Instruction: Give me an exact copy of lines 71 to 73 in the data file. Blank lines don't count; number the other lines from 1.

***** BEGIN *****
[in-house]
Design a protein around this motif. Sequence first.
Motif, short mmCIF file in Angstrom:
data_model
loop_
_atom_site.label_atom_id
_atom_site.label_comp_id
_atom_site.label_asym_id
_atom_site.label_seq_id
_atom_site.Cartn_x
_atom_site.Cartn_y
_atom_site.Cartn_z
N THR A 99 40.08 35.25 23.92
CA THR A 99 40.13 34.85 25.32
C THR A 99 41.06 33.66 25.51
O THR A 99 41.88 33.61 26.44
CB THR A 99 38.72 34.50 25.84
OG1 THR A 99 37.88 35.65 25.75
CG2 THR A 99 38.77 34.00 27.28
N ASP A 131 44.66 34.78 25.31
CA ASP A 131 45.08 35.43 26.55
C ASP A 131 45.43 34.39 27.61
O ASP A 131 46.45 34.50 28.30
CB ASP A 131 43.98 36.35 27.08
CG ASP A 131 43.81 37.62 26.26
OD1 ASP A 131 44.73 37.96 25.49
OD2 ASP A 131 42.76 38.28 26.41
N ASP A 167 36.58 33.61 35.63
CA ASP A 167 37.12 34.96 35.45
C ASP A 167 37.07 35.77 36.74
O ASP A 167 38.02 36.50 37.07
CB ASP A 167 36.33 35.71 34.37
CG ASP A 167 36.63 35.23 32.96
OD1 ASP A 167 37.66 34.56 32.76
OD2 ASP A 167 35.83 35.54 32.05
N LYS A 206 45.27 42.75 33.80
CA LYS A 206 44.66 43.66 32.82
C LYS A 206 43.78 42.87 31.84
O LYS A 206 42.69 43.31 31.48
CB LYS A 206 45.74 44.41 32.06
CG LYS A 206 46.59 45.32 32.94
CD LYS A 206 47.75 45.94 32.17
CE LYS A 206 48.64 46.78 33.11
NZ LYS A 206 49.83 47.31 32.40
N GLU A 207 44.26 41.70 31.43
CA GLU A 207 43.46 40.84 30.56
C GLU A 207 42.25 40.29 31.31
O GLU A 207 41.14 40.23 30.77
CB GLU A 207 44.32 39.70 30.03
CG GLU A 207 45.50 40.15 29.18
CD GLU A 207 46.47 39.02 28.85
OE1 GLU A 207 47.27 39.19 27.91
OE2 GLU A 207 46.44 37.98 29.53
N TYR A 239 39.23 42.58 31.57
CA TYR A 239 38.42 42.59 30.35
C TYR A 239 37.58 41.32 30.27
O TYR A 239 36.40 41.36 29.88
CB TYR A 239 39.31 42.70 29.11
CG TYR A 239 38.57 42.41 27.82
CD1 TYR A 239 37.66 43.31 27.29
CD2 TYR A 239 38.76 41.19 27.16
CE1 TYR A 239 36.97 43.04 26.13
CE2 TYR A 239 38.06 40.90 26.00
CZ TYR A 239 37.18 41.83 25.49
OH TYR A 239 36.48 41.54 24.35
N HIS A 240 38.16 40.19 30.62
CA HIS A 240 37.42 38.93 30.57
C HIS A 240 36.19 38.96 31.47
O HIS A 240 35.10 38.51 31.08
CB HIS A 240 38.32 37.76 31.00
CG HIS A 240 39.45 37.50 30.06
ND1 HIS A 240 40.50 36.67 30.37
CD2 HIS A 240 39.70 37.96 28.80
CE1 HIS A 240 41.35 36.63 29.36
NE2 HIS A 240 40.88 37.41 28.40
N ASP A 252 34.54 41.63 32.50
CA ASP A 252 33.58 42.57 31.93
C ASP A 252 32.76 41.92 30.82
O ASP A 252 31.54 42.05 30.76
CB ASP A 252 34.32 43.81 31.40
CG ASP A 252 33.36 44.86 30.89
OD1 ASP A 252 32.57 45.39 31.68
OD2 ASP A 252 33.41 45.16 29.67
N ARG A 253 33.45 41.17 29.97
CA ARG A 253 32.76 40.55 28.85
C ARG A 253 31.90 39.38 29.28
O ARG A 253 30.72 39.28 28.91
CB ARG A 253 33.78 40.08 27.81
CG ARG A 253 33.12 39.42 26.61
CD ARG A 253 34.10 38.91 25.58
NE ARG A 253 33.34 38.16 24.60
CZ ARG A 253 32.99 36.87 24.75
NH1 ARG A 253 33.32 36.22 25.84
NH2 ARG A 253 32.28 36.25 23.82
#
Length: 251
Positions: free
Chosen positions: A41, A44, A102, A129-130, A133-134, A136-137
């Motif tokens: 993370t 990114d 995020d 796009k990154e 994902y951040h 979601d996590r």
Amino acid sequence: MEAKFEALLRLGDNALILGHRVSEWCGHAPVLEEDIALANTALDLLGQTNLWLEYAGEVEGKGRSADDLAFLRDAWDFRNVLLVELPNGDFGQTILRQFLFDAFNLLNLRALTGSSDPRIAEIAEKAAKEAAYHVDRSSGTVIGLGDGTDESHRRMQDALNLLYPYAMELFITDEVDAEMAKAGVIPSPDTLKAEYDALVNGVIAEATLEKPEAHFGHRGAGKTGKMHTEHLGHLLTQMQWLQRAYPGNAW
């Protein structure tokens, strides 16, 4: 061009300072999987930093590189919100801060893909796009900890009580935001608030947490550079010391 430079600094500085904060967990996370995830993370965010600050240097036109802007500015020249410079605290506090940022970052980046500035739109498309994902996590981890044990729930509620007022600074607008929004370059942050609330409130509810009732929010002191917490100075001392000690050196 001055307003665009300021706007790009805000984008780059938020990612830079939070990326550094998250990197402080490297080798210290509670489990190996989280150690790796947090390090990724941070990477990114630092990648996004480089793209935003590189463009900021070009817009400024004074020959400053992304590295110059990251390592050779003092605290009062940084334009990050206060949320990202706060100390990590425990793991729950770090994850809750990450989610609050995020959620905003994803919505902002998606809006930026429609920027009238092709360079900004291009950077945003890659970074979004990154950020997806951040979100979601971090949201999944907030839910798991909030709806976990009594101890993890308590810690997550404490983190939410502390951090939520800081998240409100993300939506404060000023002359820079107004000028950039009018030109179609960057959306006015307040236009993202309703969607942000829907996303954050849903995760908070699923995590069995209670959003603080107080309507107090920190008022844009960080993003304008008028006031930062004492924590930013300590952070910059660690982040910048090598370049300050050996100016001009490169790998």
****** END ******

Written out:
CG HIS A 240 39.45 37.50 30.06
ND1 HIS A 240 40.50 36.67 30.37
CD2 HIS A 240 39.70 37.96 28.80